BRUSSELS – The European Union agreed, on Wednesday, to reopen its borders to visitors who have been fully vaccinated with an approved injection and to those coming from a list of countries deemed safe from the perspective of the Coronavirus, allowing for wider travel in time for the summer tourism season. .
Ambassadors of the 27 member states of the European Union approved a plan to allow visits by tourists and other non-essential travelers, who have often been banned from entering the bloc for more than a year.
The move is seen as an economic imperative for countries dependent on tourism such as Greece and Spain, and the work has taken several months. Other EU countries that are less dependent on tourists for jobs and income, particularly in northern Europe, have been keen to maintain higher barriers for non-essential visitors to keep the coronavirus at bay. But they succumbed as vaccinations advanced and after they were promised the ability to reverse the course if cases rose again.
The new rules are set to become official policy next week after removing some bureaucratic hurdles, and depending on how willing each country is to welcome tourists, they can be implemented immediately. Some countries, such as Greece, have already said they will remove testing and quarantine requirements for vaccinated visitors. But most countries are likely to implement such changes more slowly and conservatively.
Ursula von der Leyen, president of the European Commission, the bloc’s executive body, outlined the measures In an interview with The New York Times in April. The formalization of freer international travel for people who have been vaccinated will deepen the divide between the majority of countries that still have very limited access to life-saving shots and the few wealthiest countries. The debate is likely to intensify How to improve equitable access Vaccines around the world.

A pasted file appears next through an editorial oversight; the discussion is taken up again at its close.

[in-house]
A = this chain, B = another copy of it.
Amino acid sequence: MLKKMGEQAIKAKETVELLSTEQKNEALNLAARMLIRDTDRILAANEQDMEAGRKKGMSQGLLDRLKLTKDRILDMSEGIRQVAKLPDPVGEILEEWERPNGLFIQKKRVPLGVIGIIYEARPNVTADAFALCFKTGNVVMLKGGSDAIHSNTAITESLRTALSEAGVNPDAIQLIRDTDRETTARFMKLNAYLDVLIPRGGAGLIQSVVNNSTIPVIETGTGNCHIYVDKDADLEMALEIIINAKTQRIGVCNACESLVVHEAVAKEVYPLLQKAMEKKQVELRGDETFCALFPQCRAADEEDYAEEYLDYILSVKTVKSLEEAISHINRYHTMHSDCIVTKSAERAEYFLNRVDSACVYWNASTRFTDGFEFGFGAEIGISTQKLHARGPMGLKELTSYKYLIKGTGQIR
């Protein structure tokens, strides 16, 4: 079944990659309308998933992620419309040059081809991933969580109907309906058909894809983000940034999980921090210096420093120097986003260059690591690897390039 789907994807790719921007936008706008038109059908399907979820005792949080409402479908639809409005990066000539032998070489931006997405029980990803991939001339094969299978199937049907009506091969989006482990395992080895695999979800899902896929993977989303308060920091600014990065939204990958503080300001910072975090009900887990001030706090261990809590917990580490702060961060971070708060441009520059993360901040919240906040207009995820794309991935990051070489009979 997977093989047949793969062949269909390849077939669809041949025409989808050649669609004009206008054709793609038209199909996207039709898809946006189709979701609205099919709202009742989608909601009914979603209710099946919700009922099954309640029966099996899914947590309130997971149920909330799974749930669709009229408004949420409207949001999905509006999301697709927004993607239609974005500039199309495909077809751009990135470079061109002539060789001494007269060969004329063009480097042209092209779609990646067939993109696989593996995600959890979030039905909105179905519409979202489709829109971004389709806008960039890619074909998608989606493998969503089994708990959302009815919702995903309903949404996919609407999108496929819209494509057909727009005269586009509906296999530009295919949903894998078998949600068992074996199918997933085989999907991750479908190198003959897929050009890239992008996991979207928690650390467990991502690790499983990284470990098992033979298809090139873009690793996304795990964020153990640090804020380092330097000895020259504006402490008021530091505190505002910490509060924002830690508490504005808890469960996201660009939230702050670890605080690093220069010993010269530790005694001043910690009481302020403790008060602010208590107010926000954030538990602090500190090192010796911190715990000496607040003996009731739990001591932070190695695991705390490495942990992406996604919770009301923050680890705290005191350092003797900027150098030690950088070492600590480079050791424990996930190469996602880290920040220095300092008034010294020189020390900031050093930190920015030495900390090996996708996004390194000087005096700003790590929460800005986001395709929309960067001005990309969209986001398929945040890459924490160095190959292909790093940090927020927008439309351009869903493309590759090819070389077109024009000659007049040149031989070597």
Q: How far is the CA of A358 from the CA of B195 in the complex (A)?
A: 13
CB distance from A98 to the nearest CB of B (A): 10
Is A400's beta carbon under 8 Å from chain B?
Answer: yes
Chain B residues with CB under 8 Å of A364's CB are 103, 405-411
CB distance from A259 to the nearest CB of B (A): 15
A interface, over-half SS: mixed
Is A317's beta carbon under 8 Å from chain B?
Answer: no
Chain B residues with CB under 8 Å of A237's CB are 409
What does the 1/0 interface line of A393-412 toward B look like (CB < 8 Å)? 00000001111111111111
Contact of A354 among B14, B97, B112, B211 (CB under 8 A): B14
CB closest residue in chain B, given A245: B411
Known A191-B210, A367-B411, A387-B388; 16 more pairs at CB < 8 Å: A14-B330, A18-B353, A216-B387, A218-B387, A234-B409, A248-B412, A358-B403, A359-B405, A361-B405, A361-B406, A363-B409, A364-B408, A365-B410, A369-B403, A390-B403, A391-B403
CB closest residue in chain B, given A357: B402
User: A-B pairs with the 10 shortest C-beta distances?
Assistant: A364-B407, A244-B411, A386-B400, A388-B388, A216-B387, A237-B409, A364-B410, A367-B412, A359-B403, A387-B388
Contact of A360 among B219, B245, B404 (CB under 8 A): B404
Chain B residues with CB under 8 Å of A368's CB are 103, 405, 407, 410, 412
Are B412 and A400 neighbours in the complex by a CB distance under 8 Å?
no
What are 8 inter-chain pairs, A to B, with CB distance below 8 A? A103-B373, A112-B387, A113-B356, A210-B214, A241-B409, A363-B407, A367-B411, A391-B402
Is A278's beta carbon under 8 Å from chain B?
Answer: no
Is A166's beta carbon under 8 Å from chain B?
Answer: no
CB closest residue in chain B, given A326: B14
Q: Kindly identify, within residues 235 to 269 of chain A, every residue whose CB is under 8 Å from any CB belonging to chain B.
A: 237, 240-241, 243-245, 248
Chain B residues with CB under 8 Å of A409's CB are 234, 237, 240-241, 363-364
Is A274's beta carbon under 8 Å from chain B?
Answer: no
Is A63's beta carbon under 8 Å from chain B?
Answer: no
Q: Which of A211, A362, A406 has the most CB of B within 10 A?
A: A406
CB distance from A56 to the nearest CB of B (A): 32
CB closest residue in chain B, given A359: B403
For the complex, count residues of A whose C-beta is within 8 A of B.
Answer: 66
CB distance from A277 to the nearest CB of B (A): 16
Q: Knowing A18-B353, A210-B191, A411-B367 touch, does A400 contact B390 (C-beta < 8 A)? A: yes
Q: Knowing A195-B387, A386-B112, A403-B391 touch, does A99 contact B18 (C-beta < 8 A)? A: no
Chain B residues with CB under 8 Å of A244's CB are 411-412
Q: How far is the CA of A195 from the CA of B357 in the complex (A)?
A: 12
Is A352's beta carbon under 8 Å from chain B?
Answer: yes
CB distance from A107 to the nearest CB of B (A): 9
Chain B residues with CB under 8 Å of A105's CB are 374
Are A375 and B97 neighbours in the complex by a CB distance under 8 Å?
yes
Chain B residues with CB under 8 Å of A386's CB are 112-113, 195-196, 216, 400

Under the EU plan, the bloc will accept visitors who have completed vaccination at least two weeks before their arrival, using one of the shots approved by its own organizer or by the World Health Organization. Covering vaccines from AstraZenecaAnd the Johnson & JohnsonAnd the modernAnd the Pfizer – Bioetec And the SinopharmAccording to the draft rules seen by The New York Times. That would open the door to bouncy Americans taking shots from Johnson & Johnson, Moderna and Pfizer.
Passengers who have not been vaccinated but who come from the list of safe countries are also allowed to visit for non-essential reasons, such as leisure and work. That list, which has been formulated on the basis of epidemiological standards and updated regularly, will be completed on Friday.
The draft standards seen by the Times indicated that the list would include countries whose “Covid notification rate” – or the number of new cases recorded in the previous 14 days per 100,000 people – is less than 75. Travelers from those countries are still required to show a negative PCR test to allow. Him to enter the European Union.
That bar would be too high for most of the EU countries themselves, which have notification rates well above 75. Greece, for example, recorded 269 new cases per 100,000 residents over the past two weeks. In Italy, the number was 249. Of the 27 members of the bloc, only three – Finland, Malta and Portugal – fall short of the standard that can be applied to other countries. According to the data Reported by the European Center for Disease Prevention and Control.
Individual EU countries will retain the freedom to adjust procedures if they want a more conservative approach, which means some countries may retain demands for negative PCR tests or quarantine some visitors.
The draft rulebook indicated that children would not be required to be vaccinated when traveling with vaccinated parents but would be required to show a negative PCR test taken 72 hours prior to arrival.
The block would also retain the emergency brake option, a legal tool that would allow it to quickly revert to more restrictive travel conditions in the event that a threat variant or other Covid emergency emerges.
The main question about the practical application of the rules is how the visitor’s vaccination status will be determined.
Europeans will be provided with digital certificates that can be read across the block sometime in June. Ultimately the European Union wants to link its testimonials with those issued by national authorities in partner countries like the United States, but that goal may prove elusive.
For non-EU visitors, the draft rules document states that “Member States should be able to accept third-country certificates containing at least a minimum set of data based on national law, taking into account the ability to verify the authenticity, validity and integrity of the certificate. And whether it contains all relevant data. “
This would also give border authorities in every EU country time to accept or reject the vaccination certificate depending on whether it appears original and contains the required information.